Perhaps more salient than the trope of “getting caught up in the movement,” was the fact that these men lived to tell their stories. Their macabre tales of dodging death in the wilderness of the South’s most notorious states, stand as a testament to the physical and psychological costs of challenging systemic racism and inequality, a debt SNCC and its foot soldiers were all too willing to pay with their own lives. Their staggering display of courage—then and now—remind me of the stalwart shoulders on which this generation rests. In the midst of global socio-political unrest, the Occupy Wall Street campaign, and the troubling politics of the budding Voter ID laws, I wonder if we are up for the imminent challenges ahead? Are we capable of getting “caught up in the movement” in the same way that our foreparents did? Are we equipped to sustain this rich legacy of fearlessness in the face of adversity? How can scholars and archivists participate in the communities and movements that we seek to preserve? Finally, to draw upon Courtland Cox’s appeal at the close of the conversation: Are you prepared to make justice your life’s work?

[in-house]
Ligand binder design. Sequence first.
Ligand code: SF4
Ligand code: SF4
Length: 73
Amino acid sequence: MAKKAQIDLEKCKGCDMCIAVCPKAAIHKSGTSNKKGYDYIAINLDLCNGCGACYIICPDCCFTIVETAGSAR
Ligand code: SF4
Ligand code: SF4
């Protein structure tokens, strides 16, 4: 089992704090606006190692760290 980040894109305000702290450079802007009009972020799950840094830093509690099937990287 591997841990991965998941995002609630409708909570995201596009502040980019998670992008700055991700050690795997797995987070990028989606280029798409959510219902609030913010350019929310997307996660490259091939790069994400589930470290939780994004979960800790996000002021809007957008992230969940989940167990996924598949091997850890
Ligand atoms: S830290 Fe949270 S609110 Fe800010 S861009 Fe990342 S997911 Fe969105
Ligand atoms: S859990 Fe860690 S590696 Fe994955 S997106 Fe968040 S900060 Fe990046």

For more information on CAAS’ programs related to SNCC, visit the following links:
What do you think of the National Archives and Records Administration’s (NARA) plans to launch the Citizen Archivist Dashboard? Does this effort signal a democratization of the profession? How does it re-conceptualize the work of an archivist? Access? (See the link below)
Check out this link to a brief article I wrote for Emory’s Summer 2009 issue of Keywords magazine. It is a love letter of sorts to the Alice Walker papers collection in the Manuscript, Archives, and Rare Book Library (MARBL) at Emory University: http://web.library.emory.edu/KeyWORDS/magazine/EMBLIBS_MAG_SUMMER_09.pdf